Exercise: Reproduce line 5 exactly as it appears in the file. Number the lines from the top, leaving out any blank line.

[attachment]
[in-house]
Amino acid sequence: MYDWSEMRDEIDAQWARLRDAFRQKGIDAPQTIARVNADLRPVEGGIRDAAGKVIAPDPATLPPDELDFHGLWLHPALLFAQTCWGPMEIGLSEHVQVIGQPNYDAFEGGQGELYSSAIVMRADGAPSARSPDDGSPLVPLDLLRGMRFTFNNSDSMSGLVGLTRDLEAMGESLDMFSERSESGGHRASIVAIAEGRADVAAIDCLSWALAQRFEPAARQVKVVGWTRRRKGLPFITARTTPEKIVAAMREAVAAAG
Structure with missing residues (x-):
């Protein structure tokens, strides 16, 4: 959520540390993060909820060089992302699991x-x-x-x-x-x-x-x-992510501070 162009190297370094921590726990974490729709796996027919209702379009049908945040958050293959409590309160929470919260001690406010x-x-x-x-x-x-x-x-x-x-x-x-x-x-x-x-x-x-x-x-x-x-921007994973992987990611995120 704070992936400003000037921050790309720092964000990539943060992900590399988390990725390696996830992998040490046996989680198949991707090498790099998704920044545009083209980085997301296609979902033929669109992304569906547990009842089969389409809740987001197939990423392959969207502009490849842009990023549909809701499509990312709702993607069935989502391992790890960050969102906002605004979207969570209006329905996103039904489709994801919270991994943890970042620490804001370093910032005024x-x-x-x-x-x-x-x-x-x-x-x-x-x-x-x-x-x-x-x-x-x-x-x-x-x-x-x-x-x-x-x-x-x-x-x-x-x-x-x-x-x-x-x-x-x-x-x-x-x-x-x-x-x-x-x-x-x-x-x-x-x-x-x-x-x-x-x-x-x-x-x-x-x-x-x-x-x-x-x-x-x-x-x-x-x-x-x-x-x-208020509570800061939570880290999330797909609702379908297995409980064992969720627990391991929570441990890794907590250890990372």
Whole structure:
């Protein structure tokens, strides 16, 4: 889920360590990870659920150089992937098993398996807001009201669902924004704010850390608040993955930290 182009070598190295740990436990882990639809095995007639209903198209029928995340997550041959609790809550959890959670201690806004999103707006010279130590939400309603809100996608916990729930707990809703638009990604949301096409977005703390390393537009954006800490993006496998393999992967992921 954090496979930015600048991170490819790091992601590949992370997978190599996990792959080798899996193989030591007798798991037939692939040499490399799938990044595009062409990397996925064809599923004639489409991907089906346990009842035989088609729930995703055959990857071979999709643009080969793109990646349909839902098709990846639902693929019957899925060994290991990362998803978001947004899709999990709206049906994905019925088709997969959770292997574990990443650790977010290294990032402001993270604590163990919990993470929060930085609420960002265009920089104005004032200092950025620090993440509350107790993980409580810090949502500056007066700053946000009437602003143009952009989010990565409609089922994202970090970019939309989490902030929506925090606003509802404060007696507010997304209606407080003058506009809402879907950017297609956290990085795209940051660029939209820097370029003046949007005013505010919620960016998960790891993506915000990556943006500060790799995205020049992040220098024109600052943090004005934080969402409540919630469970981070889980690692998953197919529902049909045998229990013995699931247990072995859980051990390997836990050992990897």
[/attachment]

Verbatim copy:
Whole structure: